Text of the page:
Cassia (Cinnamomum Aromaticum) is a close relative to Cinnamon (C. Verum, C. Zeylanicum, or "true cinnamon"), Saigon Cinnamon (C. loureiroi, also known as "Vietnamese cinnamon"), Camphor laurel (C.Camphora), Malabathrum (C. tamala), and Indonesian cinnamon (C Buramannii). Read customer reviews on Ceylon Cinnamon from around the world.
Cassia's flavour, however is less delicate than that of true Cinnamon; for this reason,Cassia is less expensive. Cassia is sometimes called "bastard Cinnamon".
There is a natural constituent contained in all types of Cinnamon known as coumarin. Some European countries have done safety studies on this component of Cinnamon and believes it can cause damage in some who are sensitive (although the damage is not permanent) and if taken in doses too high (as you might during a holiday season) can be detrimental to your health.
Here is an excerpt from the organization known as the BFR which is the Institute for Risk Assessments in Germany of various substances, especially food.
Whole branches and small trees are harvested for Cassia bark, unlike the small shoots used in the production of Cinnamon this gives cassia bark a much thicker and rougher texture than that of true Cinnamon.
Most of the spice sold as Cinnamon in the United States and Canada (where true cinnamon is still generally unknown) is actually Cassia. In some cases, Cassia is labeled "Chinese Cinnamon" to distinguish it from the more expensive True Cinnamon (C. verum), which is the preferred form of the spice used in South America and Europe. "Indonesian Cinnamon" can also refer to C.Burmannii), which is also commonly sold in the United States, labeled only as Cinnamon.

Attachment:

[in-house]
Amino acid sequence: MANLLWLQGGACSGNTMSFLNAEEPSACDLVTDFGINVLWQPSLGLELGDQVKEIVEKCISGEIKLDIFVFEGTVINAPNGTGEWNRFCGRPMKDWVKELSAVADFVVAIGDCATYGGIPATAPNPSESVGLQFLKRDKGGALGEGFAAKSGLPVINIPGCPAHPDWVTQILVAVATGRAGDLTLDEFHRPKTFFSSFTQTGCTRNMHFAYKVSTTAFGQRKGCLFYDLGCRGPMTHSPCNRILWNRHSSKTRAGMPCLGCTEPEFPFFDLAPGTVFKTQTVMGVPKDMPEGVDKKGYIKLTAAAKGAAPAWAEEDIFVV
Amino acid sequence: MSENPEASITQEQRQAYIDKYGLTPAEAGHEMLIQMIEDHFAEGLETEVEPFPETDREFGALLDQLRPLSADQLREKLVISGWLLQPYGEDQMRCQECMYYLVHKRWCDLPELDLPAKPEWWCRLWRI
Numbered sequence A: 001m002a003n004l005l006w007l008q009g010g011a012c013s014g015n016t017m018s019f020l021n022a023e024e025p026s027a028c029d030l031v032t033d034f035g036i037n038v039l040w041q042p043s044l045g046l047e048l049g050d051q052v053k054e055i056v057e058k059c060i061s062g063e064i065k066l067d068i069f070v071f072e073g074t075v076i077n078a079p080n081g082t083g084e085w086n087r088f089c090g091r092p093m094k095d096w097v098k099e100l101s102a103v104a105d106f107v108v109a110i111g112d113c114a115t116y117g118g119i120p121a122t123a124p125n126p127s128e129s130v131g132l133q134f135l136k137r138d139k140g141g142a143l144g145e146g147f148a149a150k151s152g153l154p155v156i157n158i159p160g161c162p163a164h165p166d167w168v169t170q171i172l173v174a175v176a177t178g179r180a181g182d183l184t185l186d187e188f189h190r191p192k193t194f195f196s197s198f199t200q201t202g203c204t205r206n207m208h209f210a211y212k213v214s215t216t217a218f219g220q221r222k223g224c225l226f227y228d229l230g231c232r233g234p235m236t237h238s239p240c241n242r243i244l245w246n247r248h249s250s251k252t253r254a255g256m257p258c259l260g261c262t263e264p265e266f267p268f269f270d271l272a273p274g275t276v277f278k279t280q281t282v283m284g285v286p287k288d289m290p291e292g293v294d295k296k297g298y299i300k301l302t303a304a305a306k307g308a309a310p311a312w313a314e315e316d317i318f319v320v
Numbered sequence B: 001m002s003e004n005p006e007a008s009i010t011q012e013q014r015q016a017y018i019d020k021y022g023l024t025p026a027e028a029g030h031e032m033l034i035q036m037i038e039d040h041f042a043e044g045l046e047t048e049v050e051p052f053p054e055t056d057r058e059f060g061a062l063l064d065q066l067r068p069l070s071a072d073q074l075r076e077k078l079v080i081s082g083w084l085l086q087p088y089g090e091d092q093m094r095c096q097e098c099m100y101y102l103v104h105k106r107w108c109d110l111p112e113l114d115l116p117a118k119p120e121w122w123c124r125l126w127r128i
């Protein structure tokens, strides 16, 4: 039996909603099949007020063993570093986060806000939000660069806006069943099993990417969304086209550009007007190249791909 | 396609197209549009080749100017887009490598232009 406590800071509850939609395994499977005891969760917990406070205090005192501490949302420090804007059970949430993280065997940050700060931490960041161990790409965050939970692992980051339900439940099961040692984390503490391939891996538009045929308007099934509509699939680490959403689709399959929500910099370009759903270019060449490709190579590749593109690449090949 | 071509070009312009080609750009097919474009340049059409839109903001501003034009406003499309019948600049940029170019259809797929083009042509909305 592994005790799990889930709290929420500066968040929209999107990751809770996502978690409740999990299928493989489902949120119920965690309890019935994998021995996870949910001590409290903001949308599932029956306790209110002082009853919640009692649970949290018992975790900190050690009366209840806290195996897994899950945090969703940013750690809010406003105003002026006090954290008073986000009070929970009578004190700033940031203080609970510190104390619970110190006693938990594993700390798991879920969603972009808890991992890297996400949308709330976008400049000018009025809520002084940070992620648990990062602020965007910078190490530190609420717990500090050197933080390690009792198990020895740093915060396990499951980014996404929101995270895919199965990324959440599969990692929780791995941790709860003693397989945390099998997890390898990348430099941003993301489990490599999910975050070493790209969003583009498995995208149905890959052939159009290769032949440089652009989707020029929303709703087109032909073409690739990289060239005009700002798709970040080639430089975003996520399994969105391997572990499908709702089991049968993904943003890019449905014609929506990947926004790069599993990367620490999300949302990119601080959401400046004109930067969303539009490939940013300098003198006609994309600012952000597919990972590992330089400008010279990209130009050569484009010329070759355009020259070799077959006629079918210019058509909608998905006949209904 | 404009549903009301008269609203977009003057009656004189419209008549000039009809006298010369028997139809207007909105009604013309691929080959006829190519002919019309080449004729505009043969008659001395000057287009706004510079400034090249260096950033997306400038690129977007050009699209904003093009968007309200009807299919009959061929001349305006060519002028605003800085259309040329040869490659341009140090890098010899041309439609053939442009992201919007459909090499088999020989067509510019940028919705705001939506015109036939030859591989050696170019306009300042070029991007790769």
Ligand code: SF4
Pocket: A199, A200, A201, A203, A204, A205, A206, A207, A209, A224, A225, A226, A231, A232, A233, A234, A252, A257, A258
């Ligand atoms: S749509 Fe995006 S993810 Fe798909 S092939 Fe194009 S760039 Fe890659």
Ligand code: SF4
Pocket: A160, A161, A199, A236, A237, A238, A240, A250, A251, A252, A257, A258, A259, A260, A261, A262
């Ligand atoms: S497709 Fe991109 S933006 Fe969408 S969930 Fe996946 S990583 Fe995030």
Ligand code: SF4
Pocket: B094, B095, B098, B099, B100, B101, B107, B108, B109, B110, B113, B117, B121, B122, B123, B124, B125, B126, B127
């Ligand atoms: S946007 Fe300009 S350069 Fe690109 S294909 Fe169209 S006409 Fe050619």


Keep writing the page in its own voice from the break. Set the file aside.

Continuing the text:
Cassia (C. Aromaticum) is produced in both China and Vietnam. Until the 1960s, Vietnam was the world's most important producer of Saigon Cinnamon (C.Lloureiroi), a species which has a higher oil content than Cassia, and consequently has a stronger flavor. Saigon cinnamon is so closely related to Cassia that it was often marketed as Cassia (or, in North America, "Cinnamon").Of the three forms of Cassia, it is the form which commands the highest price.
Because of the disruption caused by the Vietnam War, however, production of C. Burmannii, in the highlands of the Indonesia on island of Sumatra, was increased to meet demand, and Indonesia remains one of the main exporters of Cassia today. Indonesian cassia has the lowest oil content of the three types of Cassia and, consequently, commands the lowest price.
Saigon cinnamon, only having become available again in the United States since the early 21st century, has an intense flavour and aroma and a higher percentage of essential oils than Indonesian cassia. Cassia has a stronger and sweeter flavor, similar to Saigon Cinnamon, although the oil content is lower. In China (where it is produced primarily in the southern provinces of Guangxi, Guangdong, and Yunnan ) Cassia is known as Tung Hing.
Cassia bark (both powdered and in whole, or "stick" form) is used as a flavouring agent for candies, desserts, baked goods, and meat; it is specified in many curry recipes, where cinnamon is less suitable. Cassia is sometimes added to true cinnamon but is a much thicker, coarser product. Cassia is sold as pieces of bark (as pictured below) or as neat quills or sticks. Cassia sticks can be distinguished from true cinnamon sticks in the following manner: Cinnamon sticks have many thin layers and can easily be made into powder using a coffee or spice grinder, whereas cassia sticks are extremely hard, are usually made up of one thick layer, and can break an electric spice or coffee grinder if one attempts to grind them without first breaking them into very small pieces.
Cassia buds, although rare, are also occasionally used as a spice. They resemble cloves in appearance and have a mild, flowery cinnamon flavor. Cassia buds are primarily used in old-fashioned pickling recipes, marinades, and teas.